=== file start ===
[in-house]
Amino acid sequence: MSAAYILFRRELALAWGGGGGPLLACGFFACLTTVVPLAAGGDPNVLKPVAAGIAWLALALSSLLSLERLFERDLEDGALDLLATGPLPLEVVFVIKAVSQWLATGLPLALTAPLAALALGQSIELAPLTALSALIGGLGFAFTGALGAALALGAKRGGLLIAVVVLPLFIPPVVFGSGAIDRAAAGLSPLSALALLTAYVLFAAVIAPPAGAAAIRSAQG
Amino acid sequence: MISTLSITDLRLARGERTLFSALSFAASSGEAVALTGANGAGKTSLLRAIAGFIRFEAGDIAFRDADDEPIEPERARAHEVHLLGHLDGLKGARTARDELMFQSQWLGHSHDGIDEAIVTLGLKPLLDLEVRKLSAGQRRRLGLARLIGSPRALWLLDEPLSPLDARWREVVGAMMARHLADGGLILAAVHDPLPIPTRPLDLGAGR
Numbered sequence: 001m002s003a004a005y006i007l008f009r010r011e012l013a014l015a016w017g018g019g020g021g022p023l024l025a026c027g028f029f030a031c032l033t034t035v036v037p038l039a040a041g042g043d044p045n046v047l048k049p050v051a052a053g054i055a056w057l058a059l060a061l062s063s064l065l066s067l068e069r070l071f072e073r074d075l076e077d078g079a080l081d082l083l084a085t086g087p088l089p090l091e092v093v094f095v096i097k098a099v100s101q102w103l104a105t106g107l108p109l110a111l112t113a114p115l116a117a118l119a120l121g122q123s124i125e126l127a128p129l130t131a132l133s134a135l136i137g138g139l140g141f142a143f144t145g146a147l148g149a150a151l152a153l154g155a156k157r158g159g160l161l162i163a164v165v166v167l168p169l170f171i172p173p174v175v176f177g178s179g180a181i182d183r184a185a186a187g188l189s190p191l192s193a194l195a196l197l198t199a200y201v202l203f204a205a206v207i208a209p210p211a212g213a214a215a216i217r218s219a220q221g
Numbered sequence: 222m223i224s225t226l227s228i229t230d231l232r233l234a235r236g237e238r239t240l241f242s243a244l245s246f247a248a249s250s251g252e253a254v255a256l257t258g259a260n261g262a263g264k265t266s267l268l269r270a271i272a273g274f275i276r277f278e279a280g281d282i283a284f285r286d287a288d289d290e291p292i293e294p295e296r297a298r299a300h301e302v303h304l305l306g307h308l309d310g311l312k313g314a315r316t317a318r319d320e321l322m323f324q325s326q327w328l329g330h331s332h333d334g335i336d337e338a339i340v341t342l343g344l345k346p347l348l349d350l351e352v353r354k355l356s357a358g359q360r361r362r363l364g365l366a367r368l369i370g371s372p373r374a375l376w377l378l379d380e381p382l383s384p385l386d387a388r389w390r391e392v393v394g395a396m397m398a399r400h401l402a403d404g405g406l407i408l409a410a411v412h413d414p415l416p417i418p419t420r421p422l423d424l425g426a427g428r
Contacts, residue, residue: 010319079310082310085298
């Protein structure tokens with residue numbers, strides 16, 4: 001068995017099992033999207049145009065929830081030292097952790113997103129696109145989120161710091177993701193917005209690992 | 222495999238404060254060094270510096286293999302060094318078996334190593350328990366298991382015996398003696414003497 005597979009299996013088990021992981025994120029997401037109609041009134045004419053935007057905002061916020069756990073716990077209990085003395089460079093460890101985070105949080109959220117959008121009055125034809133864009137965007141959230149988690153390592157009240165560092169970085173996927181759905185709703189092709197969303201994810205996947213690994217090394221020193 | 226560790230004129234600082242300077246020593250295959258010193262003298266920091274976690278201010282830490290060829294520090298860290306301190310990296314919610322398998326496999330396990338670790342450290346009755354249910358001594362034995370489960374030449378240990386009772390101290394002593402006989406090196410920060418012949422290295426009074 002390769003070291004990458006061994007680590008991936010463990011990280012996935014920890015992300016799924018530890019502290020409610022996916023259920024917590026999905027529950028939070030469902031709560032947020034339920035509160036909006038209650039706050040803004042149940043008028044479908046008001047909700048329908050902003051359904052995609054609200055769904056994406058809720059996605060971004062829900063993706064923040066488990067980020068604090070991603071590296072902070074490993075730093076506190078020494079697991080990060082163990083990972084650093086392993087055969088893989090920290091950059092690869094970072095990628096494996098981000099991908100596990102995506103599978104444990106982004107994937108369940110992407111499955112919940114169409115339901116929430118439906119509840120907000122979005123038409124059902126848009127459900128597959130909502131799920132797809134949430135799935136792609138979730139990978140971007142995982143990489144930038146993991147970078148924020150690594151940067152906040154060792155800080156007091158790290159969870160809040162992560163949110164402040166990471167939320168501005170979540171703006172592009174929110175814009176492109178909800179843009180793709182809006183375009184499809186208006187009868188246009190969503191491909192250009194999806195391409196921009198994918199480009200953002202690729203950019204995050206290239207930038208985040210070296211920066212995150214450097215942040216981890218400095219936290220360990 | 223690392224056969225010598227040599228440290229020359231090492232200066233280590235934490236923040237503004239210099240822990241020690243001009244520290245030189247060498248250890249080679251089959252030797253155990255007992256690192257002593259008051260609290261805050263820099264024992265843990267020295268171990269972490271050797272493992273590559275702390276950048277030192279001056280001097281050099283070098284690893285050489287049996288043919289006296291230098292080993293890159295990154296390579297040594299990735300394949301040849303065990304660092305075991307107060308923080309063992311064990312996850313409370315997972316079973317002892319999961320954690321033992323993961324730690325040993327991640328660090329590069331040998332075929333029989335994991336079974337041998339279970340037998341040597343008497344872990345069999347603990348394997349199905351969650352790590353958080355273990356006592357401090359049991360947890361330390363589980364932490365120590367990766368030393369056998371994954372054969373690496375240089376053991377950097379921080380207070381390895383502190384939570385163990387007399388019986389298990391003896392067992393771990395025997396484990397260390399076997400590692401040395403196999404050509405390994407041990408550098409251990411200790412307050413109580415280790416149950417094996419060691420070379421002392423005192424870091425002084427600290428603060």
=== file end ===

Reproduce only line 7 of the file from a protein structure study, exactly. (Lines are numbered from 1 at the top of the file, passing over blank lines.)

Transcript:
């Protein structure tokens with residue numbers, strides 16, 4: 001068995017099992033999207049145009065929830081030292097952790113997103129696109145989120161710091177993701193917005209690992 | 222495999238404060254060094270510096286293999302060094318078996334190593350328990366298991382015996398003696414003497 005597979009299996013088990021992981025994120029997401037109609041009134045004419053935007057905002061916020069756990073716990077209990085003395089460079093460890101985070105949080109959220117959008121009055125034809133864009137965007141959230149988690153390592157009240165560092169970085173996927181759905185709703189092709197969303201994810205996947213690994217090394221020193 | 226560790230004129234600082242300077246020593250295959258010193262003298266920091274976690278201010282830490290060829294520090298860290306301190310990296314919610322398998326496999330396990338670790342450290346009755354249910358001594362034995370489960374030449378240990386009772390101290394002593402006989406090196410920060418012949422290295426009074 002390769003070291004990458006061994007680590008991936010463990011990280012996935014920890015992300016799924018530890019502290020409610022996916023259920024917590026999905027529950028939070030469902031709560032947020034339920035509160036909006038209650039706050040803004042149940043008028044479908046008001047909700048329908050902003051359904052995609054609200055769904056994406058809720059996605060971004062829900063993706064923040066488990067980020068604090070991603071590296072902070074490993075730093076506190078020494079697991080990060082163990083990972084650093086392993087055969088893989090920290091950059092690869094970072095990628096494996098981000099991908100596990102995506103599978104444990106982004107994937108369940110992407111499955112919940114169409115339901116929430118439906119509840120907000122979005123038409124059902126848009127459900128597959130909502131799920132797809134949430135799935136792609138979730139990978140971007142995982143990489144930038146993991147970078148924020150690594151940067152906040154060792155800080156007091158790290159969870160809040162992560163949110164402040166990471167939320168501005170979540171703006172592009174929110175814009176492109178909800179843009180793709182809006183375009184499809186208006187009868188246009190969503191491909192250009194999806195391409196921009198994918199480009200953002202690729203950019204995050206290239207930038208985040210070296211920066212995150214450097215942040216981890218400095219936290220360990 | 223690392224056969225010598227040599228440290229020359231090492232200066233280590235934490236923040237503004239210099240822990241020690243001009244520290245030189247060498248250890249080679251089959252030797253155990255007992256690192257002593259008051260609290261805050263820099264024992265843990267020295268171990269972490271050797272493992273590559275702390276950048277030192279001056280001097281050099283070098284690893285050489287049996288043919289006296291230098292080993293890159295990154296390579297040594299990735300394949301040849303065990304660092305075991307107060308923080309063992311064990312996850313409370315997972316079973317002892319999961320954690321033992323993961324730690325040993327991640328660090329590069331040998332075929333029989335994991336079974337041998339279970340037998341040597343008497344872990345069999347603990348394997349199905351969650352790590353958080355273990356006592357401090359049991360947890361330390363589980364932490365120590367990766368030393369056998371994954372054969373690496375240089376053991377950097379921080380207070381390895383502190384939570385163990387007399388019986389298990391003896392067992393771990395025997396484990397260390399076997400590692401040395403196999404050509405390994407041990408550098409251990411200790412307050413109580415280790416149950417094996419060691420070379421002392423005192424870091425002084427600290428603060």